Rabbi Yonatan and Mrs. Avital Hirschhorn, the OU-JLIC Maryland Hillel Torah Educators, dressed as a Peanut Butter and Jelly Sandwich, seated here with their two daughters at the Purim 2020 Celebration in the Stamp Student Union. Char Freedberg/Mitzpeh.

By Laina S. Miller
For Mitzpeh

Purim, celebrated this year on Monday evening and Tuesday, arrived in the midst of the growing international COVID-19 outbreak. Traditional celebrations, including parties, gatherings for the reading of the Book of Esther and sharing of gifts, triggered confusion and fear in the face of quarantines and pandemic panic.

Before Purim, several American Jewish organizations sent out press releases and guidance for general religious practices and Purim celebrations in the face of COVID-19 preparations and quarantines.

The Rabbinical Council of America, an Orthodox national council of rabbis, published a guidance post by Rav Asher Bush, the chairman of their Va’ad Halacha Committee, which makes decisions about religious legal questions, to their website on February 28.

“It is quite common for a well-intentioned person to think that their personal obligations […] are so strong that even though they may not be feeling well, they should push themselves to attend,” Bush wrote, referencing religious obligations to pray or hear the reading of the Torah at the synagogue. “While their motivation is to be admired […] in cases of communicable diseases it is wrong. There is a higher obligation not to harm others and one is not permitted to risk doing so in such cases.”

Bush’s press release also counseled members of the Orthodox community to avoid such traditional actions like kissing holy objects, such as a Torah scroll.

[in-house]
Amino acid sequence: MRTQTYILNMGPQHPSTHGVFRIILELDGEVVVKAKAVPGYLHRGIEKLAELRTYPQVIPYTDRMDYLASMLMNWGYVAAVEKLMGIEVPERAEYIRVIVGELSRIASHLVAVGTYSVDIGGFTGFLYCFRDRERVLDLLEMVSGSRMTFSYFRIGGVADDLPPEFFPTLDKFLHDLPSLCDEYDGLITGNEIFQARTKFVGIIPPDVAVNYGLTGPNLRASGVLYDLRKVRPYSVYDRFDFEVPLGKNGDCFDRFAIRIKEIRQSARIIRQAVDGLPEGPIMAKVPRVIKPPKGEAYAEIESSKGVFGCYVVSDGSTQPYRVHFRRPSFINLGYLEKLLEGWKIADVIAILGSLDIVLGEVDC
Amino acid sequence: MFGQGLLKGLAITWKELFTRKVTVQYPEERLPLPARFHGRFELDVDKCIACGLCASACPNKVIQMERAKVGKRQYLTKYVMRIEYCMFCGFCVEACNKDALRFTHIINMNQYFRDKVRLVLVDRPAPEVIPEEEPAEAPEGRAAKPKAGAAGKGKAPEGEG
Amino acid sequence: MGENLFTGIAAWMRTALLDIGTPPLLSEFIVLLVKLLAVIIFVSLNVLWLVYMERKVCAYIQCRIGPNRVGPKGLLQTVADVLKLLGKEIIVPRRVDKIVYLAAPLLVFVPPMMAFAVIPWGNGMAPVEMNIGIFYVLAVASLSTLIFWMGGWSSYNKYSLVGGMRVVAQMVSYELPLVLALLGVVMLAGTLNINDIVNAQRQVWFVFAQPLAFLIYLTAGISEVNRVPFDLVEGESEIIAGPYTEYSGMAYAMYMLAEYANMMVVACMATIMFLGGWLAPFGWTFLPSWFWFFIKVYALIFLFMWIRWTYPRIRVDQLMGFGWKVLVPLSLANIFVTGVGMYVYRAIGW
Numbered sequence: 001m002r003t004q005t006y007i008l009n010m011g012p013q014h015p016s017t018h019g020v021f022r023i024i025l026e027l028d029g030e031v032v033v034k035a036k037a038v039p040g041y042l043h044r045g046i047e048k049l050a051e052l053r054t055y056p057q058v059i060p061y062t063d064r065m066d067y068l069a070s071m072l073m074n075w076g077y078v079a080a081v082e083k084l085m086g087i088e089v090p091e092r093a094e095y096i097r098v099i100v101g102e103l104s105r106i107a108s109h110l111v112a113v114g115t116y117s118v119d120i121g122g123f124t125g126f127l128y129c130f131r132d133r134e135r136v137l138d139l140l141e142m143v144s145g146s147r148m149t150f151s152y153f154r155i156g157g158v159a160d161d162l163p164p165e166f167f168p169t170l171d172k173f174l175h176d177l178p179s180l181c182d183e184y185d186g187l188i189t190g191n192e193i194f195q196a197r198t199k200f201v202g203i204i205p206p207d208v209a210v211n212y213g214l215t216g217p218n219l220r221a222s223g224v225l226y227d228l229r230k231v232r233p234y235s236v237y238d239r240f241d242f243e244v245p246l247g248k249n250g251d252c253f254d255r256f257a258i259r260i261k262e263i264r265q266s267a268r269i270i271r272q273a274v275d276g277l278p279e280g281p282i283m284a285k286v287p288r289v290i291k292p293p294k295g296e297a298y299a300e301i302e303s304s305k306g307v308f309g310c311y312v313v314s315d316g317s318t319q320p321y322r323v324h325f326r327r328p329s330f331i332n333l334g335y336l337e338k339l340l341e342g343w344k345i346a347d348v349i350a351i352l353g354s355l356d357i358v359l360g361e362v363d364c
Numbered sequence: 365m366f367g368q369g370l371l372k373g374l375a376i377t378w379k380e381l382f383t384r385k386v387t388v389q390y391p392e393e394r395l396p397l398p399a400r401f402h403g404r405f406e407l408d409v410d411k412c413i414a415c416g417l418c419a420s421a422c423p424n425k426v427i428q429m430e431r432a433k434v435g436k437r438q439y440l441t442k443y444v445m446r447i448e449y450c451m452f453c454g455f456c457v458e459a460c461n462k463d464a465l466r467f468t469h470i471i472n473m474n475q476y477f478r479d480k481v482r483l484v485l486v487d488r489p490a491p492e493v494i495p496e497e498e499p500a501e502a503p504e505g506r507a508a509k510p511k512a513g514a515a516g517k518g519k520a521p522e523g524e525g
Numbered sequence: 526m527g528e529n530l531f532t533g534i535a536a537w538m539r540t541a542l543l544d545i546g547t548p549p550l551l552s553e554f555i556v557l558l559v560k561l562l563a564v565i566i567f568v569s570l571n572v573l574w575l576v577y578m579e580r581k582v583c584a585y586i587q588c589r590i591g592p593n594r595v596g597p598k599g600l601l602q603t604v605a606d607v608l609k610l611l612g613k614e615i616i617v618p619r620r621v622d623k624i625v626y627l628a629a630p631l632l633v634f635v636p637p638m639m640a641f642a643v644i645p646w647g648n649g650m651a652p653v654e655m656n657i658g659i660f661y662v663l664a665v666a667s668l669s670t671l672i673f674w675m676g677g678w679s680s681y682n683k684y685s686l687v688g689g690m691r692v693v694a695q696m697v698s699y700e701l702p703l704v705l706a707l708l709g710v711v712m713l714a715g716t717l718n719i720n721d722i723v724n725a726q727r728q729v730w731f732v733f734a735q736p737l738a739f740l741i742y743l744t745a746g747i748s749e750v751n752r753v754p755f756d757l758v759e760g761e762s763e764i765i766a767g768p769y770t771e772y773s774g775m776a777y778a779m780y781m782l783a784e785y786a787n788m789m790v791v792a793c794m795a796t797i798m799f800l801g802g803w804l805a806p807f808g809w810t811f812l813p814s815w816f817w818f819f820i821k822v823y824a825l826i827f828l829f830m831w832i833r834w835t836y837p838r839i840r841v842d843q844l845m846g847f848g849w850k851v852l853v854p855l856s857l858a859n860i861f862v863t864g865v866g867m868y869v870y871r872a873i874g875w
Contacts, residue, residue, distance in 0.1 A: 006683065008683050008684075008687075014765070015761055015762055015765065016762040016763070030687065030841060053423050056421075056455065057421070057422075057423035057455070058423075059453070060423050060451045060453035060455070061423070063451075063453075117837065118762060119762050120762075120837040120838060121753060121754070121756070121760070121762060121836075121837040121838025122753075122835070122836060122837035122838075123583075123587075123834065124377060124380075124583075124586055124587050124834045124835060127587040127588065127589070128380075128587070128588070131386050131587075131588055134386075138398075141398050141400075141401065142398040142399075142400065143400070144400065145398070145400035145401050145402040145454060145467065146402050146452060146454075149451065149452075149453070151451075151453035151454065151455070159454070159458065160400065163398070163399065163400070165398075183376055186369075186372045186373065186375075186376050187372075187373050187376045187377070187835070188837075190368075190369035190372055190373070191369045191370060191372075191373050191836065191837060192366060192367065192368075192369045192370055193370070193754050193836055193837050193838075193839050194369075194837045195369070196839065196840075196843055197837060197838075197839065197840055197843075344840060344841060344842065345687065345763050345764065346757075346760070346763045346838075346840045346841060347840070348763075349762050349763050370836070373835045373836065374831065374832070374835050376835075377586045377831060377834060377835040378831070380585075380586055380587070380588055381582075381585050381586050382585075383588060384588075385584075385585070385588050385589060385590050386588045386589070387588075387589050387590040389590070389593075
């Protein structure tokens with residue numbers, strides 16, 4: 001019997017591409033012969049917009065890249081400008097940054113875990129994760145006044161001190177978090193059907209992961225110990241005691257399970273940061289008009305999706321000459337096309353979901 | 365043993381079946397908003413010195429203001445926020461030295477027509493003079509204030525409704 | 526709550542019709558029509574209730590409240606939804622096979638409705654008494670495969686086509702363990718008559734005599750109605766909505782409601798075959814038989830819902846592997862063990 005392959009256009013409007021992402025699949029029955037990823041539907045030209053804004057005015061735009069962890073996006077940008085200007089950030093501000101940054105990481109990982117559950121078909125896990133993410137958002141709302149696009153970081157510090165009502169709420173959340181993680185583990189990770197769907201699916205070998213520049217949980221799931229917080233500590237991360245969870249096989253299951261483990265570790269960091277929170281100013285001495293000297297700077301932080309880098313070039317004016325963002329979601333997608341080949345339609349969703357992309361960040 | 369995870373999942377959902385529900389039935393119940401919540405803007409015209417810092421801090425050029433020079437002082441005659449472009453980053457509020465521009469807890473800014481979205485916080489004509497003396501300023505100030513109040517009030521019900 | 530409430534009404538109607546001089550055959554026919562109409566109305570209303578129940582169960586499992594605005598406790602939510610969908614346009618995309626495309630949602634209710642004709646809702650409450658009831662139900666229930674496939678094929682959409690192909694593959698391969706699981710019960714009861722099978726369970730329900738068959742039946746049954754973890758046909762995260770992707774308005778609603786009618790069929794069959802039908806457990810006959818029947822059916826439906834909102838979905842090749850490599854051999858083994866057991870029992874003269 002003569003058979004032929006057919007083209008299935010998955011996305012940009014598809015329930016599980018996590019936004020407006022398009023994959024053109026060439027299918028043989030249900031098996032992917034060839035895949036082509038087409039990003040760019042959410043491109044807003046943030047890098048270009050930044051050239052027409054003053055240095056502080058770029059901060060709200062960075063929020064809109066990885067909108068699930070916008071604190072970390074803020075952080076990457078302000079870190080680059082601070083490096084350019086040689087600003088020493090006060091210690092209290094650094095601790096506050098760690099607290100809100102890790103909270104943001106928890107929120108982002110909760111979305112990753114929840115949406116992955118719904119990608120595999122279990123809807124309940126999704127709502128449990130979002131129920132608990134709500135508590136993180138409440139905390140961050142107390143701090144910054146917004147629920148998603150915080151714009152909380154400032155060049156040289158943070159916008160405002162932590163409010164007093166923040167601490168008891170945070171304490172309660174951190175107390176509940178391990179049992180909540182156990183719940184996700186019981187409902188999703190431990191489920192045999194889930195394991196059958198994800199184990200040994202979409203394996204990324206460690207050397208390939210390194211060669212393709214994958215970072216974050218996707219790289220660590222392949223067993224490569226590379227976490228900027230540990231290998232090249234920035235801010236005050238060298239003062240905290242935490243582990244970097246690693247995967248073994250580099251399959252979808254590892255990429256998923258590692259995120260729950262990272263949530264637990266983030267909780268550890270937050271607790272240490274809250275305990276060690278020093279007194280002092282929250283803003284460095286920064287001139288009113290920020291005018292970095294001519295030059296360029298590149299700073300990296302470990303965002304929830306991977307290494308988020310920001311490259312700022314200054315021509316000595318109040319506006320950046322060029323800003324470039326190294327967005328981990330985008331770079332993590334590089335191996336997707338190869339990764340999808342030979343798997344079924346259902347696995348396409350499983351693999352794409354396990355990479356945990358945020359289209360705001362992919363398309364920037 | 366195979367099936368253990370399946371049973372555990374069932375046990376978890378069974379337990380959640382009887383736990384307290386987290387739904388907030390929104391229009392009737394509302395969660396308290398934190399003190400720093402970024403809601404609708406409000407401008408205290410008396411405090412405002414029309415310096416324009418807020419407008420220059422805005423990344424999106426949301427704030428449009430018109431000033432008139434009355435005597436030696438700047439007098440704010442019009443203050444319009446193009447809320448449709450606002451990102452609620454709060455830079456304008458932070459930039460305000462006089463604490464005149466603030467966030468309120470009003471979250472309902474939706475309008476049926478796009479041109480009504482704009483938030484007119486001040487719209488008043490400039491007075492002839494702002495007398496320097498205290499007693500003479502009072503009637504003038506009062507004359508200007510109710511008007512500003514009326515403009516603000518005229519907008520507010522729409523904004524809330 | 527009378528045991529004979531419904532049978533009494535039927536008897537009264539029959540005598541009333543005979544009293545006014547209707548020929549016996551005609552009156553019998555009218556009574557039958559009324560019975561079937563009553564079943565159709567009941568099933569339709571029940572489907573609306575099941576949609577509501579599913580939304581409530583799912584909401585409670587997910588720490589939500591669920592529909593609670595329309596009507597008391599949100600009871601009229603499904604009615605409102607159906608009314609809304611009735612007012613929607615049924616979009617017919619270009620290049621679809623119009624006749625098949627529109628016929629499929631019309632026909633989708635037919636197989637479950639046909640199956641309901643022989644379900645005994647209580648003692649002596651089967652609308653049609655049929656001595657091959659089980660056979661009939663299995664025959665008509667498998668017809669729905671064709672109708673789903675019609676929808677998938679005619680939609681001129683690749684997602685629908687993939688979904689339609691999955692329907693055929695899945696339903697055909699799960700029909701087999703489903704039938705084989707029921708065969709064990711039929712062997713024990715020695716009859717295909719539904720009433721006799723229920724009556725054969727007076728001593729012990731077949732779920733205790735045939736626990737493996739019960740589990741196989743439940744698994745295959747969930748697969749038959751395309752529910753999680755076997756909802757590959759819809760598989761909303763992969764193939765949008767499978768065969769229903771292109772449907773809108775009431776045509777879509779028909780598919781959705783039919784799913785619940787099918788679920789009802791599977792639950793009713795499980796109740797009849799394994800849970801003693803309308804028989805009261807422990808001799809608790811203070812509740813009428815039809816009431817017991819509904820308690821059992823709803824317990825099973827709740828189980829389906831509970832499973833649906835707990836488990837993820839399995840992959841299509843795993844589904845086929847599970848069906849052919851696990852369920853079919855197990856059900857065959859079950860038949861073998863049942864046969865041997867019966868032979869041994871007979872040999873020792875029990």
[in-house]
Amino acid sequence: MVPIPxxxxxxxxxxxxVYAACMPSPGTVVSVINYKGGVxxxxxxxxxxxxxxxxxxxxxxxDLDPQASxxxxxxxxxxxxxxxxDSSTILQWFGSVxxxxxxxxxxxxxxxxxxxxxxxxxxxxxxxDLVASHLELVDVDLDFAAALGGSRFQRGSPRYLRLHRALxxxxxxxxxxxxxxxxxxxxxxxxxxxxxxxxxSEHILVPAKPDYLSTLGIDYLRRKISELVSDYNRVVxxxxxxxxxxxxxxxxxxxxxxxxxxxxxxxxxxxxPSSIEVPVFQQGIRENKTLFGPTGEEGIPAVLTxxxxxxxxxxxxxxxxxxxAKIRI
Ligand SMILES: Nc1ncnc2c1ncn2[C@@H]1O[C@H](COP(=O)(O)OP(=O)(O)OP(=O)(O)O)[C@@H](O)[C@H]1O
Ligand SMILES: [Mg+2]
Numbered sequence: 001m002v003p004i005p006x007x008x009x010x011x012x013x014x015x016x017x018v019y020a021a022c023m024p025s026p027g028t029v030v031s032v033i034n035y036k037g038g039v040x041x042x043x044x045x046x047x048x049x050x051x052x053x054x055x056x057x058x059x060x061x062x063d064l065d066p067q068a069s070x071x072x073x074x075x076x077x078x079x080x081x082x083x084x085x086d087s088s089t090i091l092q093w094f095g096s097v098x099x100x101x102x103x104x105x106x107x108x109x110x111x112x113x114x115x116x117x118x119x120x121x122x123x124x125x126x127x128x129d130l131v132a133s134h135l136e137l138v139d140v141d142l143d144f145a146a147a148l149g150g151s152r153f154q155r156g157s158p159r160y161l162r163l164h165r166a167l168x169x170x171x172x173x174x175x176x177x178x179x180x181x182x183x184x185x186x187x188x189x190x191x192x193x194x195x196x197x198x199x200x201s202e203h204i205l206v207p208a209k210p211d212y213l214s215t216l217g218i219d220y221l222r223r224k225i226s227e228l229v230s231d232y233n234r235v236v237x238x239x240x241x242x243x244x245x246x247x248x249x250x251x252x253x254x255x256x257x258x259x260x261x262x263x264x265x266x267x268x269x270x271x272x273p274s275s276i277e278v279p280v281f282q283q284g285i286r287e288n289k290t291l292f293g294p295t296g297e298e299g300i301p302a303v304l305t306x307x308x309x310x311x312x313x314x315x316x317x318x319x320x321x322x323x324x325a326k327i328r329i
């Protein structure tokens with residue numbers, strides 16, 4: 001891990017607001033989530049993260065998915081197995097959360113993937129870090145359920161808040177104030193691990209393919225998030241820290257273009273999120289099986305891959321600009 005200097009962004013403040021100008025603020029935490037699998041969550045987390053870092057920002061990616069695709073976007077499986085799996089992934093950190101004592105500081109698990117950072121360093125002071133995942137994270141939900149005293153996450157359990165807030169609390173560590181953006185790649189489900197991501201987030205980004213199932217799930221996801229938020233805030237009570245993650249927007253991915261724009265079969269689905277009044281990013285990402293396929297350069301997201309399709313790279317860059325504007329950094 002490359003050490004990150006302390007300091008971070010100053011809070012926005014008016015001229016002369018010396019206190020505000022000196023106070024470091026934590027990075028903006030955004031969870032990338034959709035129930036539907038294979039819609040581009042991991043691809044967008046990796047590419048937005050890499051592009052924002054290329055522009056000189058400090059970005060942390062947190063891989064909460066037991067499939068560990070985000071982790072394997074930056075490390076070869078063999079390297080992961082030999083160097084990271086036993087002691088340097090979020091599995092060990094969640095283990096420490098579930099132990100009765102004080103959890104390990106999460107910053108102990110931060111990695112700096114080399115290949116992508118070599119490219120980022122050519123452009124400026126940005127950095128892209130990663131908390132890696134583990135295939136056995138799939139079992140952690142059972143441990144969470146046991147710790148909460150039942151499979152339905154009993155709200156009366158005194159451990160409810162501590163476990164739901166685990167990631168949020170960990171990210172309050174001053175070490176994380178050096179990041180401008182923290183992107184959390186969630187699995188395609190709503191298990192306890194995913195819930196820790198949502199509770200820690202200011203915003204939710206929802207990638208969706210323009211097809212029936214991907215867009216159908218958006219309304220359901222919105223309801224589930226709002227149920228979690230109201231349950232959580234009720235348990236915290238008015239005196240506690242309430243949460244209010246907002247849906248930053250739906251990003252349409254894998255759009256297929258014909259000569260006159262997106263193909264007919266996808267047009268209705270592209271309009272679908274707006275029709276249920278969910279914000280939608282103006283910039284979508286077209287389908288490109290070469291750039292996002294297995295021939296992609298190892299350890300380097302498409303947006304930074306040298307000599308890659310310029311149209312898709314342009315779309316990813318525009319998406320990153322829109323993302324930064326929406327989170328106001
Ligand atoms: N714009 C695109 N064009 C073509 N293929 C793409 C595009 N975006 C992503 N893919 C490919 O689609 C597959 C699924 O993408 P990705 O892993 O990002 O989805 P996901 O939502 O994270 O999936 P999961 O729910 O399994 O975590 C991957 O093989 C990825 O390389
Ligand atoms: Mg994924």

The Rabbinical Assembly, an international association of Conservative rabbis, also posted a short “unofficial” page of guidance for their community:

“Those congregations that are already offering streaming […] should encourage members whose health may be at risk, or whose presence may be a risk to others, to stay home and make use of this option […] Hearing the Megillah being read via telephone or live streaming, is permitted when necessary, so long as the sound is undistorted, live and not a recording.”

On this university’s campus, many of the celebratory events were highly attended, in spite of possible concerns about large gatherings. 

According to numbers reported on Maryland Hillel’s Facebook page, over 100 people attended Monday night’s Purim 2020 event at the Stamp Student Union, and over 30 showed up on Tuesday at the Jewish Learning Initiative on Campus (JLIC) at Maryland’s Open House Purim Seuda.

Rabbi Zalman and Mrs. Mariel Goldstein, the educational director and director of women’s education at Meor Maryland, held a small Purim celebration at their home, but saw few signs of COVID-19 seriously impacting Purim celebrations in this university’s Jewish community.

Approaching spring break, and the exams that often appear in the week preceding it, had more of an impact on Purim celebrations, said Rabbi Goldstein.

“Many students felt unable to do a proper Purim because of tests before spring break,” he said. 

At an educational meeting held on Wednesday night, Goldstein said, “my students unanimously said none of them had lost an iota of sleep about it,” adding that students’ real concerns were mostly focused on their grandparents’ risks, not their own chances, with COVID-19.

At her Purim celebration, Mrs. Mariel Goldstein said, “No one didn’t come because of corona.” 

Both educators said that the major effects of COVID-19 didn’t really impact this university’s students until after Purim was over, as national sports teams canceled or postponed events, and Gov. Larry Hogan closed all Maryland public schools, senior center activities and planned gatherings of 250 or more people.

Rabbi Ari Israel, the executive director of Maryland Hillel, said in a pre-Shabbat Facebook post, “Almost every University, Hillel community including Maryland Hillel, synagogue, social gathering, sporting event, celebration and even funeral is being curtailed or closed. Let us use our time of isolation to emulate Moses and refocus our energies, re-channel our strengths for good, re-acquaint ourselves with G-d, family and Torah. We must ready ourselves to reengage the world vigorously, through our Jewish values, once we have the green light to emerge.”


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